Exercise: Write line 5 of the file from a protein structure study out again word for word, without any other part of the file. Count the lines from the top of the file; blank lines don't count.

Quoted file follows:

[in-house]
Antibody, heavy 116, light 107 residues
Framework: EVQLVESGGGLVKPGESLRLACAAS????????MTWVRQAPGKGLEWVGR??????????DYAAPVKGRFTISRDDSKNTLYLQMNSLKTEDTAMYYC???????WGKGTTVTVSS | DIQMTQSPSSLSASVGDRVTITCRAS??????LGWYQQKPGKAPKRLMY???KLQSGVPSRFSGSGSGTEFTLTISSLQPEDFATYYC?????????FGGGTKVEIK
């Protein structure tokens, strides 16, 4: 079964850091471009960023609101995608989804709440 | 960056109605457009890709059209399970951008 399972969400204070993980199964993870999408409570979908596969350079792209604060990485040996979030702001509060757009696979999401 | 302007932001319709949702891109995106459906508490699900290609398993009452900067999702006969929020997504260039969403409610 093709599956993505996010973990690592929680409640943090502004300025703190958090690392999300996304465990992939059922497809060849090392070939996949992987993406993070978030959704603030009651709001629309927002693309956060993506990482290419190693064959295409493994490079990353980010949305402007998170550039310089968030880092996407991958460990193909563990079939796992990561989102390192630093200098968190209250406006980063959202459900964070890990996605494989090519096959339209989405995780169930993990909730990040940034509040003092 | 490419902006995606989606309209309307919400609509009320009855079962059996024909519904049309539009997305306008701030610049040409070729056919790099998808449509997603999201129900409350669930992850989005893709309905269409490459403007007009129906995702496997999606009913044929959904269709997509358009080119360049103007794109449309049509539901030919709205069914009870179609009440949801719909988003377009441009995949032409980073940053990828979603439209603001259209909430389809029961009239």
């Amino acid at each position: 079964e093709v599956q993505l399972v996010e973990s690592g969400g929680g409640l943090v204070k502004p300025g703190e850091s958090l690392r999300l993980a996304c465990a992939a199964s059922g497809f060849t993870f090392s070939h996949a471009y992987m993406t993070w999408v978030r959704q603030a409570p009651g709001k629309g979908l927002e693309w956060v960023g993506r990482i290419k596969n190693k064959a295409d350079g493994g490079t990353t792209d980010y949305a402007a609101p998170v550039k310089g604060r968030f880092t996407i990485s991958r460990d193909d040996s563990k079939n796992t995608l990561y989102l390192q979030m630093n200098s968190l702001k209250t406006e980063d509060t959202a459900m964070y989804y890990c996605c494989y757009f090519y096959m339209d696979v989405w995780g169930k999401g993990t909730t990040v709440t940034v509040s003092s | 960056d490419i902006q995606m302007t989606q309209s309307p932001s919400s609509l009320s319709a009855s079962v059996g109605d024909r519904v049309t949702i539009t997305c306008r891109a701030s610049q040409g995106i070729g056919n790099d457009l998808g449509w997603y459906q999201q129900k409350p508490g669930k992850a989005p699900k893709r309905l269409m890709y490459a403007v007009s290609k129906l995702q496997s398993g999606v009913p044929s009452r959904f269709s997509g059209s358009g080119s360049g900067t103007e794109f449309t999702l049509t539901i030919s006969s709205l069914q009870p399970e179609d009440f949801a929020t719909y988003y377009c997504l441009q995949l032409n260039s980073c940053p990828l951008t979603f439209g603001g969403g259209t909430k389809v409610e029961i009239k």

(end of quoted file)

């Amino acid at each position: 079964e093709v599956q993505l399972v996010e973990s690592g969400g929680g409640l943090v204070k502004p300025g703190e850091s958090l690392r999300l993980a996304c465990a992939a199964s059922g497809f060849t993870f090392s070939h996949a471009y992987m993406t993070w999408v978030r959704q603030a409570p009651g709001k629309g979908l927002e693309w956060v960023g993506r990482i290419k596969n190693k064959a295409d350079g493994g490079t990353t792209d980010y949305a402007a609101p998170v550039k310089g604060r968030f880092t996407i990485s991958r460990d193909d040996s563990k079939n796992t995608l990561y989102l390192q979030m630093n200098s968190l702001k209250t406006e980063d509060t959202a459900m964070y989804y890990c996605c494989y757009f090519y096959m339209d696979v989405w995780g169930k999401g993990t909730t990040v709440t940034v509040s003092s | 960056d490419i902006q995606m302007t989606q309209s309307p932001s919400s609509l009320s319709a009855s079962v059996g109605d024909r519904v049309t949702i539009t997305c306008r891109a701030s610049q040409g995106i070729g056919n790099d457009l998808g449509w997603y459906q999201q129900k409350p508490g669930k992850a989005p699900k893709r309905l269409m890709y490459a403007v007009s290609k129906l995702q496997s398993g999606v009913p044929s009452r959904f269709s997509g059209s358009g080119s360049g900067t103007e794109f449309t999702l049509t539901i030919s006969s709205l069914q009870p399970e179609d009440f949801a929020t719909y988003y377009c997504l441009q995949l032409n260039s980073c940053p990828l951008t979603f439209g603001g969403g259209t909430k389809v409610e029961i009239k």